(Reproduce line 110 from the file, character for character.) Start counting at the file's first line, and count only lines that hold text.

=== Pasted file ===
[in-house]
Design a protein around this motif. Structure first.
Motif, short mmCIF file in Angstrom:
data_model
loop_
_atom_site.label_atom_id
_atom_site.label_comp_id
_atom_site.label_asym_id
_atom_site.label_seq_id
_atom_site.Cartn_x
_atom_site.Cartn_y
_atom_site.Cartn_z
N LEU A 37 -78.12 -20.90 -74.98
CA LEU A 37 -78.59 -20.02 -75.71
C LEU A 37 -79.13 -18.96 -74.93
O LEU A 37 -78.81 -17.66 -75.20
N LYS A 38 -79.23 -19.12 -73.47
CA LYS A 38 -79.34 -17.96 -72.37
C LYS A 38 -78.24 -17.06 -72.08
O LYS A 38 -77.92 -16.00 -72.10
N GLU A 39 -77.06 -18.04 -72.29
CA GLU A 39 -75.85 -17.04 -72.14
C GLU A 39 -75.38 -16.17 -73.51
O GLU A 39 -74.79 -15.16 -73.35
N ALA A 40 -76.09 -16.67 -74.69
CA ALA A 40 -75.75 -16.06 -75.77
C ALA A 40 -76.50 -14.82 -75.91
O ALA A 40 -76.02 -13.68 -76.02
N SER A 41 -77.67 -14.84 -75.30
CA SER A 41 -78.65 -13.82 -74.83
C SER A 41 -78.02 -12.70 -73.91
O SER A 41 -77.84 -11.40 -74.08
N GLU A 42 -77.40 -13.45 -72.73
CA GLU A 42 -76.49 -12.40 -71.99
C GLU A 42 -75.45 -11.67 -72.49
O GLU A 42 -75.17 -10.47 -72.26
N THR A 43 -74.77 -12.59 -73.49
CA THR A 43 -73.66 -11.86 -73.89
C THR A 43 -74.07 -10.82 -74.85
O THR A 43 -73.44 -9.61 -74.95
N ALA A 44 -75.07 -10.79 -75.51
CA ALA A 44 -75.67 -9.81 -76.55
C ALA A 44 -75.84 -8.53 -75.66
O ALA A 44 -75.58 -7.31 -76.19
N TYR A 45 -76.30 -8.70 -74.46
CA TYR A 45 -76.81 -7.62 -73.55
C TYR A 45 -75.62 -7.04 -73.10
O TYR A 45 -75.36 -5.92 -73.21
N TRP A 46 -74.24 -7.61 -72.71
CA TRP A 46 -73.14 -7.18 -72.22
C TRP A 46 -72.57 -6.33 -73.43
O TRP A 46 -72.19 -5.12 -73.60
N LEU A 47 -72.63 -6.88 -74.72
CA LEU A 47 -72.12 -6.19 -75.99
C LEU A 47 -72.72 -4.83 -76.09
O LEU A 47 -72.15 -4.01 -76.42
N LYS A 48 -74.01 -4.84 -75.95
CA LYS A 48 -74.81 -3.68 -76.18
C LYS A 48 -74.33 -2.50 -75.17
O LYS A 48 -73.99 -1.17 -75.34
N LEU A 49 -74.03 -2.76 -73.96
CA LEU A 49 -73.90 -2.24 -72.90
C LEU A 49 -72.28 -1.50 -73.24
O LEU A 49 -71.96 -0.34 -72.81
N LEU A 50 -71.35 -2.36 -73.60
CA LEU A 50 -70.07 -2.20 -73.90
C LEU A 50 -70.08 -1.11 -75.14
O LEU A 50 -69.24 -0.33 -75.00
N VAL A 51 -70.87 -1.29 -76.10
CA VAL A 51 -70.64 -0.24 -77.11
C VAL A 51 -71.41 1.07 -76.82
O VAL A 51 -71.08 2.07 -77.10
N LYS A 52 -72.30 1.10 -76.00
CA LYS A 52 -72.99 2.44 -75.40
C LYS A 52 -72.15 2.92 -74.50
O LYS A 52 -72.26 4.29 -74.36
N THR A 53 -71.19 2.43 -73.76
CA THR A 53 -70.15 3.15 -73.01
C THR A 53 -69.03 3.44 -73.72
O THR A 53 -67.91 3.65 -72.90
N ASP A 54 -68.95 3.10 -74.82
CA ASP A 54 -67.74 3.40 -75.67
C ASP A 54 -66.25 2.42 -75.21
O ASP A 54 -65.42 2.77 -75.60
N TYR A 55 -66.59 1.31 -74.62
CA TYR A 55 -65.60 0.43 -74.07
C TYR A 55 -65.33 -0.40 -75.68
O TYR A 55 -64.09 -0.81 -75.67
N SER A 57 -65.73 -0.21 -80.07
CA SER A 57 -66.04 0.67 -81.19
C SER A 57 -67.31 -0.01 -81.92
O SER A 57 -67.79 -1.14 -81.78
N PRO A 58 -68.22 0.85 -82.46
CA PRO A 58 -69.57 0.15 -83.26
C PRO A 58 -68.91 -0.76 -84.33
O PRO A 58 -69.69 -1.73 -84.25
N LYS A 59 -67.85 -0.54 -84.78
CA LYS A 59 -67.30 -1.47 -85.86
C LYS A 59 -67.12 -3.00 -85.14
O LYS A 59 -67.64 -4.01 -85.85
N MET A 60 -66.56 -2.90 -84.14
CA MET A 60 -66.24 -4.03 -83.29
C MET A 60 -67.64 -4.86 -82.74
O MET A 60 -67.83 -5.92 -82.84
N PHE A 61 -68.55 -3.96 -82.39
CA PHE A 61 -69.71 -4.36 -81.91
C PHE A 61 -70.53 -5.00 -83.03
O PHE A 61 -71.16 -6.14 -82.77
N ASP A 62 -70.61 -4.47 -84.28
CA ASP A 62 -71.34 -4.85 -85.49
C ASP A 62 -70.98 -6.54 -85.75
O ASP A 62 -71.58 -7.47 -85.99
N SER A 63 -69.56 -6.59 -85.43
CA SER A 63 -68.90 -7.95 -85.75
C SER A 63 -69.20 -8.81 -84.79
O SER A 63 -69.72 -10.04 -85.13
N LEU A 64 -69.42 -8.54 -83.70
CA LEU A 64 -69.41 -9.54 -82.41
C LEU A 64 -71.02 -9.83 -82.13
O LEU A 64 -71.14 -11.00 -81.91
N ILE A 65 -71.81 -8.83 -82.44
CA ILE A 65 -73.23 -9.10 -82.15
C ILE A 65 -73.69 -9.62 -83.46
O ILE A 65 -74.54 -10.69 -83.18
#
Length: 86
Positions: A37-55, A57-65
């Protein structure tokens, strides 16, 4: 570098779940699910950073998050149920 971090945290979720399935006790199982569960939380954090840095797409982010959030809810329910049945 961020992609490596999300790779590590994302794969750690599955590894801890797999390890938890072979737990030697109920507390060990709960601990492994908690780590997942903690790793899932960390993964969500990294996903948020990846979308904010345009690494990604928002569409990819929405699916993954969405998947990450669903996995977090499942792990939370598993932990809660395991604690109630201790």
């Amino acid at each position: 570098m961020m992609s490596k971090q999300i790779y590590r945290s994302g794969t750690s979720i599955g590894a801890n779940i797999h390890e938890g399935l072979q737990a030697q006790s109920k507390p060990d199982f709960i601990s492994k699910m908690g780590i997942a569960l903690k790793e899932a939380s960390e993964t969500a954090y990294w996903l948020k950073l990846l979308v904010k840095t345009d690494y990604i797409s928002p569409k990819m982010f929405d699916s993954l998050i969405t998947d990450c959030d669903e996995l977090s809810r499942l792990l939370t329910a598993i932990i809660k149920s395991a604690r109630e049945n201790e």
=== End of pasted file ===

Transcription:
CA ASP A 62 -71.34 -4.85 -85.49